ABOUT

 From an early age I’ve always been into creative writing. Not when I was a new born baby, of course, but when I was about four. Or possibly five. Or maybe six.  The first real memory I have of writing anything reasonably substantial was when my mum and dad used to take my sister  and I on holidays to the North East of Scotland (which is where our family roots lie). The drive used to take 8 hours or so, and from the age of about 9 or 10, I’d generally pass this time arguing continuously with my sister. But – and this is the significant bit – if there was ever a brief window between the arguments, I’d often lounge in the backseat, scrawling away on a notebook (I’m talking about a book made of actual paper, kids – not a small laptop) making up stories. In a recent foray into the loft, I discovered one of these notebooks; much of the content was utter drivel, of course, but there was one story - a thing about Vikings – which I reckon has stood the test of time surprisingly well, and which I may yet turn into a full-length novel sometime soon…

 

  At senior school I did ok at English, though I don’t remember anyone – teachers or pupils – particularly raving about my writing ability. I must have stood out a little bit, however, as, at the age of about 12, I was given a ‘spot’ every afternoon when the class came in after the dinner break where I (with the help of a motley cast of mates) would perform a poem, song or play I’d written before the afternoon lessons began. Again – it was all daft nonsense (a spoof of Macbeth caIled McDougal was one horror that springs to mind) but I was the only pupil in the class ever afforded this privilege, so the form teacher must have seen something there. “Jamie’s Story of the Day” went on for several weeks before I was involved in an unsavoury incident in the  playground (which we needn’t go into here…) and the gig was cancelled as a form of punishment.  

 

  Despite this temporary setback, I continued writing through my teens, through university and into my twenties. It was still daft nonsense – I don’t think I’ve ever written anything else to this very day. Towards the end of my degree at Bangor University I met my wife to be, and a couple of years later we had a daughter. The years that followed were pretty hectic and went by in a flash. I did all kinds of jobs during that time, in offices, warehouses – I even once spent seven months running the fruit and veg section in a small supermarket with a lovely man named Mohammed Ali!  

 

  And then I reached my early thirties and thought “Right!” Or should I say “Write!”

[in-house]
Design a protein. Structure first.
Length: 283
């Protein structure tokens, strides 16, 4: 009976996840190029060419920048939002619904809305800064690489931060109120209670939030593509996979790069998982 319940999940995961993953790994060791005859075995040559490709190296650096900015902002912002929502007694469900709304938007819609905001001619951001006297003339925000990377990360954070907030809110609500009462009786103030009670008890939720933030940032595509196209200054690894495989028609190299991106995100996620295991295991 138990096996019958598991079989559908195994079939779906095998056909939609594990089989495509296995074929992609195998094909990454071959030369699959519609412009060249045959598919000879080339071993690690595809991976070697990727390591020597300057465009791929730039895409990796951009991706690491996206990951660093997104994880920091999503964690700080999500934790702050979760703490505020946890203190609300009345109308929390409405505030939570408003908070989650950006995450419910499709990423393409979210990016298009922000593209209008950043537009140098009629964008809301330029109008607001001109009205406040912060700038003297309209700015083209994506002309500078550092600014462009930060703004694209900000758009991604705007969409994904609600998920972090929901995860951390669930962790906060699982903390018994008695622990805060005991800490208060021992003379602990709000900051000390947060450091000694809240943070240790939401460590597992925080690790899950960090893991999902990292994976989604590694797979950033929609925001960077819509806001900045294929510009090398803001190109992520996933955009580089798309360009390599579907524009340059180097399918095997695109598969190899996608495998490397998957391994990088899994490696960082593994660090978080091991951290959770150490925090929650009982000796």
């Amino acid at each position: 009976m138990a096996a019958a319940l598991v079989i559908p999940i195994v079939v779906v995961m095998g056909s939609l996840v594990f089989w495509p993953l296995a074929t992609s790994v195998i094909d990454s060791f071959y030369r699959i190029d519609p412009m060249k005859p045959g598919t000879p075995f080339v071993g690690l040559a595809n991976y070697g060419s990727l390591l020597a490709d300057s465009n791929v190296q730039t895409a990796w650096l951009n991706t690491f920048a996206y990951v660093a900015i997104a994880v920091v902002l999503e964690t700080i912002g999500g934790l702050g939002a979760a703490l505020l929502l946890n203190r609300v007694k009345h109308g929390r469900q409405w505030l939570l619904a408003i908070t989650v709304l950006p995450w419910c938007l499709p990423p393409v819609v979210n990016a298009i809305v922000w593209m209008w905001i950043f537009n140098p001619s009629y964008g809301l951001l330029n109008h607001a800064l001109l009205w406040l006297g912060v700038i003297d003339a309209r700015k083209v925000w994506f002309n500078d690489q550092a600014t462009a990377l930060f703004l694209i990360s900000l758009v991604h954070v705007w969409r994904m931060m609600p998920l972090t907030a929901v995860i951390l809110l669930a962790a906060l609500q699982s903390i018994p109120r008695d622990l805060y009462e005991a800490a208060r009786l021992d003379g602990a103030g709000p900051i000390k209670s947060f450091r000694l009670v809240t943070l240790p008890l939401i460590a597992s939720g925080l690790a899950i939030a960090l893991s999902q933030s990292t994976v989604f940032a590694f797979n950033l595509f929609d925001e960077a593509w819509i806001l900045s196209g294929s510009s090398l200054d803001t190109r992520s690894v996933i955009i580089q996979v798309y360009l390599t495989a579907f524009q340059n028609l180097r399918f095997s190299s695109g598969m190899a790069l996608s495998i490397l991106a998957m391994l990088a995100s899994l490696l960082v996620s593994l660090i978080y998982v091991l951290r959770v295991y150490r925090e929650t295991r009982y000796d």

The first book I started working on wasn’t a children’s book at all – it was strictly for grown-ups, and I may still finish it one day. But then I started working on this thing called The Tale of the Miserous Mip. A Miserous Mip was something my daughter sometimes used to call me if I was being a bit grumpy (which was extremely rare – honest!) and it kind of stuck in my mind as a good name for a monstrous villain. I sent it round to a few agents, but didn’t really get anywhere. To be fair on the agents concerned, it was (and still is) a very strange (if utterly brilliant) book.  

 

  Undeterred, I began work on my next masterpiece, a full-length novel called Jimmy Black and the Curse of Poseidon. Just as I was polishing this off (we’re in about 2011 now, by the way) I happened to read a newspaper article (I think it was in the Sunday Times) about this wonderful new “Kindle” technology where authors could just upload their work and release it worldwide without the need to go down the traditional route of wallpapering their living rooms with rejection slips from literary agents. Still smarting from the rejection of The Mip (I’m a very sensitive fellow, you see, who cannot easily cope with rejection) I decided I’d give it a go and uploaded both The Tale of the Miserous Mip and Jimmy Black to Amazon. After all – what was there to lose? What happened next was that nothing happened. An odd few downloads here and there, but essentially nothing to shout about. And so, slightly deflated, though with my self-belief essentially intact, I began a third book – Frogarty the Witch.